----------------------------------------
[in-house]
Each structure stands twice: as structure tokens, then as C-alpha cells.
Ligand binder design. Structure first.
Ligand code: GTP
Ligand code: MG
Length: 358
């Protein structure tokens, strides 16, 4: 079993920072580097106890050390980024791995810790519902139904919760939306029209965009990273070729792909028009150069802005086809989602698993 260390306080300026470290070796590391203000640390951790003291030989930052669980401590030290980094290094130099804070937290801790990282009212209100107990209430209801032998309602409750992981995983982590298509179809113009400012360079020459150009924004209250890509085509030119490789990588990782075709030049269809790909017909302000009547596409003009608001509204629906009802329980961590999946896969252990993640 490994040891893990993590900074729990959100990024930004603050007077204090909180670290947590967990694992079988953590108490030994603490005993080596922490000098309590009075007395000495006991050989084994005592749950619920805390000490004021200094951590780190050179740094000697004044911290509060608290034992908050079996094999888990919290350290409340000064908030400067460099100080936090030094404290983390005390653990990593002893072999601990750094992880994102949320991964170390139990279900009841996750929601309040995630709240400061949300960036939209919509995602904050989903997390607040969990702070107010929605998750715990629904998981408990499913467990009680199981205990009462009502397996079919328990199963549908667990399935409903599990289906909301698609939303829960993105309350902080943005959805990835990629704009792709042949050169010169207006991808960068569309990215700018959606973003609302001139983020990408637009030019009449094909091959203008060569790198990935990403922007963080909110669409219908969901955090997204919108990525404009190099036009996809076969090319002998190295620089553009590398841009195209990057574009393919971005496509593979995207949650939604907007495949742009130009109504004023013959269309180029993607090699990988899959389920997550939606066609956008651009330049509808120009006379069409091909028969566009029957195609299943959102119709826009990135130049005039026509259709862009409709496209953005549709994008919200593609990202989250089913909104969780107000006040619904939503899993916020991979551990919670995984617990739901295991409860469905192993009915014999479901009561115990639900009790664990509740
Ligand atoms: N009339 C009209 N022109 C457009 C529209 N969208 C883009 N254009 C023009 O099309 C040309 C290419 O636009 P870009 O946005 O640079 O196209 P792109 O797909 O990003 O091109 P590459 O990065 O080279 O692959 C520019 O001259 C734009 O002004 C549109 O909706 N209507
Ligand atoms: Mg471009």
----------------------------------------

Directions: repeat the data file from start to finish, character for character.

[in-house]
Each structure stands twice: as structure tokens, then as C-alpha cells.
Ligand binder design. Structure first.
Ligand code: GTP
Ligand code: MG
Length: 358
């Protein structure tokens, strides 16, 4: 079993920072580097106890050390980024791995810790519902139904919760939306029209965009990273070729792909028009150069802005086809989602698993 260390306080300026470290070796590391203000640390951790003291030989930052669980401590030290980094290094130099804070937290801790990282009212209100107990209430209801032998309602409750992981995983982590298509179809113009400012360079020459150009924004209250890509085509030119490789990588990782075709030049269809790909017909302000009547596409003009608001509204629906009802329980961590999946896969252990993640 490994040891893990993590900074729990959100990024930004603050007077204090909180670290947590967990694992079988953590108490030994603490005993080596922490000098309590009075007395000495006991050989084994005592749950619920805390000490004021200094951590780190050179740094000697004044911290509060608290034992908050079996094999888990919290350290409340000064908030400067460099100080936090030094404290983390005390653990990593002893072999601990750094992880994102949320991964170390139990279900009841996750929601309040995630709240400061949300960036939209919509995602904050989903997390607040969990702070107010929605998750715990629904998981408990499913467990009680199981205990009462009502397996079919328990199963549908667990399935409903599990289906909301698609939303829960993105309350902080943005959805990835990629704009792709042949050169010169207006991808960068569309990215700018959606973003609302001139983020990408637009030019009449094909091959203008060569790198990935990403922007963080909110669409219908969901955090997204919108990525404009190099036009996809076969090319002998190295620089553009590398841009195209990057574009393919971005496509593979995207949650939604907007495949742009130009109504004023013959269309180029993607090699990988899959389920997550939606066609956008651009330049509808120009006379069409091909028969566009029957195609299943959102119709826009990135130049005039026509259709862009409709496209953005549709994008919200593609990202989250089913909104969780107000006040619904939503899993916020991979551990919670995984617990739901295991409860469905192993009915014999479901009561115990639900009790664990509740
Ligand atoms: N009339 C009209 N022109 C457009 C529209 N969208 C883009 N254009 C023009 O099309 C040309 C290419 O636009 P870009 O946005 O640079 O196209 P792109 O797909 O990003 O091109 P590459 O990065 O080279 O692959 C520019 O001259 C734009 O002004 C549109 O909706 N209507
Ligand atoms: Mg471009």